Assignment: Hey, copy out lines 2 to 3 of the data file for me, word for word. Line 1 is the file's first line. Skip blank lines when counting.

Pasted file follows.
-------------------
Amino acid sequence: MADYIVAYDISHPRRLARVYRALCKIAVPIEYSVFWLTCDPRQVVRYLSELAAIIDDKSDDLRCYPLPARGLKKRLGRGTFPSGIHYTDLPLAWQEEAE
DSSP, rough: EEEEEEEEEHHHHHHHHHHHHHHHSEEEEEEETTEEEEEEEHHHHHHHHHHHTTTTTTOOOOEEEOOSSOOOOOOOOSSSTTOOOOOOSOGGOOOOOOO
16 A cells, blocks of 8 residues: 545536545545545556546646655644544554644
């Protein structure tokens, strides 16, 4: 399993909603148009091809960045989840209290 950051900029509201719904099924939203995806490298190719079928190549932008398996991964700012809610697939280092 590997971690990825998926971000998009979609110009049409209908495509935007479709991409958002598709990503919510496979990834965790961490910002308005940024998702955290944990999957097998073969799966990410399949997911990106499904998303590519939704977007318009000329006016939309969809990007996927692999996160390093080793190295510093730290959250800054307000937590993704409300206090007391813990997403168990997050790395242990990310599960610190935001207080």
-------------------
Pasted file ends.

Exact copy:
DSSP, rough: EEEEEEEEEHHHHHHHHHHHHHHHSEEEEEEETTEEEEEEEHHHHHHHHHHHTTTTTTOOOOEEEOOSSOOOOOOOOSSSTTOOOOOOSOGGOOOOOOO
16 A cells, blocks of 8 residues: 545536545545545556546646655644544554644